Why Public Schools Cannot Be ReformedFRITZ MARSHALL
I work for The Separation of School and State Alliance, and we contend that state schooling cannot be fixed because it's not broken.
I have a little Soviet pin, a five-pointed star with the likeness of Lenin as a toddler. All Soviet primary school children were required to wear this “Order of the October Child” as part of the atheists’ process of undermining the theistic beliefs of Jewish, Muslim, or Christian parents.
I wear the pin upside down.
In teaching children that “Lenin is their grandfather,” Stalin-the-atheist is in the political mainstream of using state schools to shape attitudes and control the content of children’s minds. In 1774, Empress Maria Teresa set up state schools in the Austro-Hungarian Empire to ensure Catholicism was taught to all children. Benjamin Rush, signer of the Declaration of Independence, longed for state schooling: “Let our pupil be taught that he does not belong to himself, but that he is public property .... He must be taught to amass wealth, but it must be only to increase his power of contributing to the wants and demands of the state.”
Horace Mann, the “father of the common school,” had replaced his parents’ Christian notion of redemption by Jesus Christ with the Unitarian view of man’s redemption by education. In the 1830s and 1840s, he successfully pushed for municipal and state take-over of the private schooling that had flourished in America for 200 years before him.
I work for The Separation of School & State Alliance, and we contend that state schooling cannot be fixed because it’s not broken. Rather, “public schooling” is doing what it’s always meant to do: Enable the politically strong to undermine the politically weak by convincing their children that the political leaders are nice people with grand ideas.
Of course, each society plays musical chairs. In America, Protestants can no longer use “public schools” to undermine Jewish and Catholic parents. Now, the Earth-centered folks are politically strong and impose the religion of “environmentalism.” Children are taught it’s their job to straighten out mom and dad if they don’t recycle. Students find shaman on their spelling list, but not hajji, transubstantiation, Ecclesiastes, or Torah. The war over whose values will be taught erupts in many fronts: fornication vs. chastity, evolution vs. intelligent design, relativism and syncretism double-teaming absolute values.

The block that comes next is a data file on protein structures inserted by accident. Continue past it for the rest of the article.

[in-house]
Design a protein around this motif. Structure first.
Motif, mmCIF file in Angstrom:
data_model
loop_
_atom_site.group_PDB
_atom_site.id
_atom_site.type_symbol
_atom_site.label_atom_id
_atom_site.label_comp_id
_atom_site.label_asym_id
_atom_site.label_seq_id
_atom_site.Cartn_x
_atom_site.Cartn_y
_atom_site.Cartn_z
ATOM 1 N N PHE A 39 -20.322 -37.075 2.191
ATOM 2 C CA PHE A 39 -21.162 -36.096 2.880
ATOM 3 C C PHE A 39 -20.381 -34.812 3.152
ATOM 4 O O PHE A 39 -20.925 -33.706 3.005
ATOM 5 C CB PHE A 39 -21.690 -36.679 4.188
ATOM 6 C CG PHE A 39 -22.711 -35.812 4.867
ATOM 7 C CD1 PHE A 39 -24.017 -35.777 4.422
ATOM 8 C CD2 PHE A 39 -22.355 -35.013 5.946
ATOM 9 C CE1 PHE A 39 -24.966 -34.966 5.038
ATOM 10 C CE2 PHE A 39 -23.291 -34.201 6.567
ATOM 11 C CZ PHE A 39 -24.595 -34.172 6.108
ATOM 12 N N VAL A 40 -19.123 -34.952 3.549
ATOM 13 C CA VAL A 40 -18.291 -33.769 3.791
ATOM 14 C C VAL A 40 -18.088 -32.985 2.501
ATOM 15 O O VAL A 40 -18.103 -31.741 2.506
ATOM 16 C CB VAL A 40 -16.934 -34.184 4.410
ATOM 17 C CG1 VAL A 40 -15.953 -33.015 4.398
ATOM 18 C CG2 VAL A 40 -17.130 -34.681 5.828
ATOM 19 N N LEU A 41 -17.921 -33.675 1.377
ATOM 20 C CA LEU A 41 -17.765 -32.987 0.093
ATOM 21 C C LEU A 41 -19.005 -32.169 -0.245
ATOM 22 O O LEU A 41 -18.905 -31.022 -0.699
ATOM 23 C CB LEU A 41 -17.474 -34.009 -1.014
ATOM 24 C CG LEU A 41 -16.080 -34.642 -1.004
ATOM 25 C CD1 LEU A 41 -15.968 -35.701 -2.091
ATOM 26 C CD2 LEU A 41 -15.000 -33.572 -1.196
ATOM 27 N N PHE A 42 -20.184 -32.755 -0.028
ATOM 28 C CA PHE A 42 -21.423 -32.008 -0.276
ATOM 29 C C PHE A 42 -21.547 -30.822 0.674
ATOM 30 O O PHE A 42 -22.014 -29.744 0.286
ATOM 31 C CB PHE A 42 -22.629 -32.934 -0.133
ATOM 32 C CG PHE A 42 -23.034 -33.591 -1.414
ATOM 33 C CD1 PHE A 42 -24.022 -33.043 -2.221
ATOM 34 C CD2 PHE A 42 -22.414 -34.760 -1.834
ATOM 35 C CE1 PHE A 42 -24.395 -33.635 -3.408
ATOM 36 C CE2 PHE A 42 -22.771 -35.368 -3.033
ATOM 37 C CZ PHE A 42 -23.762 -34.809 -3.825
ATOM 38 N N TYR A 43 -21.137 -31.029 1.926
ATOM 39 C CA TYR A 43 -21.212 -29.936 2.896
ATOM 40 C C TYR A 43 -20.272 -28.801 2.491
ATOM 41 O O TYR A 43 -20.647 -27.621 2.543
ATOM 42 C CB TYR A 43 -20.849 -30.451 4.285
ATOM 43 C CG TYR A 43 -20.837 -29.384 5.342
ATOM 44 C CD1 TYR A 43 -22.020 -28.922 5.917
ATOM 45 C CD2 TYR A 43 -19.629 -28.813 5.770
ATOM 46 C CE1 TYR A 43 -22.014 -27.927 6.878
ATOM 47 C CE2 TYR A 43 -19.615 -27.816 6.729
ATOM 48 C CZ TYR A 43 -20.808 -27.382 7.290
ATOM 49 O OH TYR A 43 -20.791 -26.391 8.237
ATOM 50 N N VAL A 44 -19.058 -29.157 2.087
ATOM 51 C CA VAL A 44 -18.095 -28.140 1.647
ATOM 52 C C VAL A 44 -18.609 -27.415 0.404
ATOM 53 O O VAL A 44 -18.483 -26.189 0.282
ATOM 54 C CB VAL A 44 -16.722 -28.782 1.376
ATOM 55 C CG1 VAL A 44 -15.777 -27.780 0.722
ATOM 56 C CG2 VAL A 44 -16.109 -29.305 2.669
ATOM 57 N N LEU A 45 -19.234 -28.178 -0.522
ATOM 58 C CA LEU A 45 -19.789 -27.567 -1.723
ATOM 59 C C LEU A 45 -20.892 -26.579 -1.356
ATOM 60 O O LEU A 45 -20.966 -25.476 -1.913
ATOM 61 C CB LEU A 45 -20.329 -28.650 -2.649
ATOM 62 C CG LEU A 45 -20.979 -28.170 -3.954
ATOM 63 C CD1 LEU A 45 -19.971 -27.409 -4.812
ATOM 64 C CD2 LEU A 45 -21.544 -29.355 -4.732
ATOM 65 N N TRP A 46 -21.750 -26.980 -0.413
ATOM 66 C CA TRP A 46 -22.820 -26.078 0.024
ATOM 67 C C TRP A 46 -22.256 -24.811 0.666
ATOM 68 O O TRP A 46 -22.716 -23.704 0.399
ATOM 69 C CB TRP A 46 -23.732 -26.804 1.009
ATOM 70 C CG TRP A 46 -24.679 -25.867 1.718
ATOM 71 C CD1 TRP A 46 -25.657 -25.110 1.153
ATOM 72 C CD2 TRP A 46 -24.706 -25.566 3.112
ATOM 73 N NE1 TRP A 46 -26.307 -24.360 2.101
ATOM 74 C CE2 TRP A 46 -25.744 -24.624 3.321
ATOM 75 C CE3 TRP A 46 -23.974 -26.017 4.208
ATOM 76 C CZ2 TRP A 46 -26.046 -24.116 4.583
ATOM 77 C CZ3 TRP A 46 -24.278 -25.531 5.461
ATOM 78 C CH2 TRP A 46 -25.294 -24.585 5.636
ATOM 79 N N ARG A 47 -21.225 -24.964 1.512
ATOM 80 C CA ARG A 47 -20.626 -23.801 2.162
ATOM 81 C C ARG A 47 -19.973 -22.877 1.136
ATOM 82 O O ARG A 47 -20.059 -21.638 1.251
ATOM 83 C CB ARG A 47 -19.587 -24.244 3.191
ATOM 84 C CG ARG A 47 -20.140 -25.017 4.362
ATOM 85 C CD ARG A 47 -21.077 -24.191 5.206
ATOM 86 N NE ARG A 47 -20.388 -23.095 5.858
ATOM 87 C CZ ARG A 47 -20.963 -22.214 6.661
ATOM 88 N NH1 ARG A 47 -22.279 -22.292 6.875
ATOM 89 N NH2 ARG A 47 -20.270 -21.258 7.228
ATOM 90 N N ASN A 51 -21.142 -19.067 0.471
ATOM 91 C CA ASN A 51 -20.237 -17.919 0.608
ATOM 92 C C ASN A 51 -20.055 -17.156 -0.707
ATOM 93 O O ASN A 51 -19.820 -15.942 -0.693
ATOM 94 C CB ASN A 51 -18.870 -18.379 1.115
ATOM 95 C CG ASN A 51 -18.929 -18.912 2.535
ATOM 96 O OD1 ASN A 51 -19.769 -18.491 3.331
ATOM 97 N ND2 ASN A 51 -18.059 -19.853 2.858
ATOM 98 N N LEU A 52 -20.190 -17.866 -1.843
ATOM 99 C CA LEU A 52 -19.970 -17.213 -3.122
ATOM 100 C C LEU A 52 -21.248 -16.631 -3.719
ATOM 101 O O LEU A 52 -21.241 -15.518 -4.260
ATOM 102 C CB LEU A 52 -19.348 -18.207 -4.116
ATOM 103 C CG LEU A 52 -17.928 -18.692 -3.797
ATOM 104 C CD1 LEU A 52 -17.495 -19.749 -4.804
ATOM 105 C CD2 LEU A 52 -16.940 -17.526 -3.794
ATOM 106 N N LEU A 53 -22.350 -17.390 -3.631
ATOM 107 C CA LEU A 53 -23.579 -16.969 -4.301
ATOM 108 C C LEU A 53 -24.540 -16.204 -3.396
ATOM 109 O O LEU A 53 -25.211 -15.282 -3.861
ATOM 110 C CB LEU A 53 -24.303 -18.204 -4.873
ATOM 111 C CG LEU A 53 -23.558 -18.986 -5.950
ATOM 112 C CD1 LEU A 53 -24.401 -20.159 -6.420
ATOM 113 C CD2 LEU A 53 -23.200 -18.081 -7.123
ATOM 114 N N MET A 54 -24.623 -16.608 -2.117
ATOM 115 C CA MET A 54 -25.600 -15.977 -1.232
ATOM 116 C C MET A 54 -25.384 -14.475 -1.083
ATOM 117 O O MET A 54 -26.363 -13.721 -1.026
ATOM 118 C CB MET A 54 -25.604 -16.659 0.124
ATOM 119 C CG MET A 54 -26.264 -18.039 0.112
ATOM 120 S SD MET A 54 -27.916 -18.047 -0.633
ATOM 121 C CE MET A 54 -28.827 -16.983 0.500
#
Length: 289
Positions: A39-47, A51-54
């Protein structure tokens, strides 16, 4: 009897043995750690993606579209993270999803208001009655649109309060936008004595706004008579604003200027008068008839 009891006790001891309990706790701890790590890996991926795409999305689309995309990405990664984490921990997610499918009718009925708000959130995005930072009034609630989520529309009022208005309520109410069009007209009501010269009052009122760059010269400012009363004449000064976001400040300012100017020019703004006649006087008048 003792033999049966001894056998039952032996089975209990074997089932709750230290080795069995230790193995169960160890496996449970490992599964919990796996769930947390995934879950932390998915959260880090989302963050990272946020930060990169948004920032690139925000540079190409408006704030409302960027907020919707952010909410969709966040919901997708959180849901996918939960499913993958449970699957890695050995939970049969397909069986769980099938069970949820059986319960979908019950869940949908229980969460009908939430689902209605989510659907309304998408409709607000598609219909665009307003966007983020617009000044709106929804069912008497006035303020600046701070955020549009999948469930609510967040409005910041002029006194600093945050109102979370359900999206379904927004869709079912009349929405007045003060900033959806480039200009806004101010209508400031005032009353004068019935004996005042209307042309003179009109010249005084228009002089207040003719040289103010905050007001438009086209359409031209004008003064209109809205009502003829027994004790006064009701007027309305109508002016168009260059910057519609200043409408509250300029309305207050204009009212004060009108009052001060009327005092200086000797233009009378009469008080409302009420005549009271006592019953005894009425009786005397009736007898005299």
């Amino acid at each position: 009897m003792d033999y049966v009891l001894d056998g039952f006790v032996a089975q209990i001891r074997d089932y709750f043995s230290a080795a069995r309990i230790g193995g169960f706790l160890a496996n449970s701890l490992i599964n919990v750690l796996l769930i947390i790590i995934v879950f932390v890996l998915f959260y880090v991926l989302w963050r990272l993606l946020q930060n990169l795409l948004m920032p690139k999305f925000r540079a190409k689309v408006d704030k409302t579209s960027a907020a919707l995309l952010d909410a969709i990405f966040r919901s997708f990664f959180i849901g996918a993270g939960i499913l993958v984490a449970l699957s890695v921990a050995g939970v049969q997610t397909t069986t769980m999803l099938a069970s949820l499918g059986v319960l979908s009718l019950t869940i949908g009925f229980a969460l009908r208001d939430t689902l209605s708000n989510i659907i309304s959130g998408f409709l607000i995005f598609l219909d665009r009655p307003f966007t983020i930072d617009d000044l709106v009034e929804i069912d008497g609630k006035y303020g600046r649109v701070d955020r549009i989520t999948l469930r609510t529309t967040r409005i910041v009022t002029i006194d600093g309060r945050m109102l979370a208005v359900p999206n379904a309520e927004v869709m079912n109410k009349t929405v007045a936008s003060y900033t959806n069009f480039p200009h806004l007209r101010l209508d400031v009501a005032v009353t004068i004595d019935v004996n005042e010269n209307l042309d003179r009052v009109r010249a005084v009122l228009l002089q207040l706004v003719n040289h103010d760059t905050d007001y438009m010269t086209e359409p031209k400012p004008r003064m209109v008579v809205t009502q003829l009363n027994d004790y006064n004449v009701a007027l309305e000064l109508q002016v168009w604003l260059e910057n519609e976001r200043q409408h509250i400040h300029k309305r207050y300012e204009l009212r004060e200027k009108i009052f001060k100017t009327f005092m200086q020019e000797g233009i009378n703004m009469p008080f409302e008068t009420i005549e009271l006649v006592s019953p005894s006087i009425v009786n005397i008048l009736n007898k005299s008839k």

As concerned Americans search for the roots of our family and cultural decline, we should ask, “Who has primary responsibility for educating a child: his parents or his government?”
Two hundred years ago, we answered the religious part of this question: Parents, not government agencies, are responsible for all decisions about the spiritual education of children. In a letter, Thomas Jefferson gave the concept a catchy label, “a wall of separation between church and state.”
Fueled by resentment of Irish immigration of the 1840s, however, the American attitude of live-and-let-live was overwhelmed by a less noble sentiment: anti-Catholicism. Once Protestants decided to have states and municipalities take over and finance schools, it was easy for all Americans to buy into the false notion that children have a right to education at the neighbors’ expense through the force of taxation. When parents abdicated their financial responsibility to educate their children, it wasn’t long before they lost the power to decide how many years their children attend school, what is taught, or who is qualified to teach.
Now with the advent of a movement to separate school and state, Americans are beginning to grasp the central lesson that having political government run “Monday School” is every bit as disastrous as having it run “Sunday School.” I think we can prudently predict at least five benefits that will come with Separation:
Over 3,000 American educators, scholars, parents, and religious leaders have declared themselves squarely in favor of restoring parental responsibility in education by signing the “Proclamation for the Separation of School and State.” This includes folks as politically, pedagogically, and religiously diverse as Ed Crane, Sr. Connie Driscoll, M. Stanton Evans, John Taylor Gatto, John A. Hardon, S.J., Rabbi Daniel Lapin, Paul Marx, O.S.B., Steve Mosher, Marvin Olasky, Ron Paul, Mary Pride, Charles Rice, Joe Sobran, and Randall Terry.
You can start helping America separate school and state by separating your own family from state schooling. You wouldn’t trust the government to tell you the truth if it ran the newspapers. Why do you expect it to tell your children the truth in its schools?
Fritz, Marshall. “Why Public Schools Cannot Be Reformed.” Crisis (February 1998): 46.
Reprinted by permission of the Morley Institute a non-profit education organization. To subscribe to Crisis magazine call 1-800-852-9962
Marshall Fritz is the founder of The Separation of School & State Alliance, a non-profit grass-roots educational organization based in Fresno, CA.
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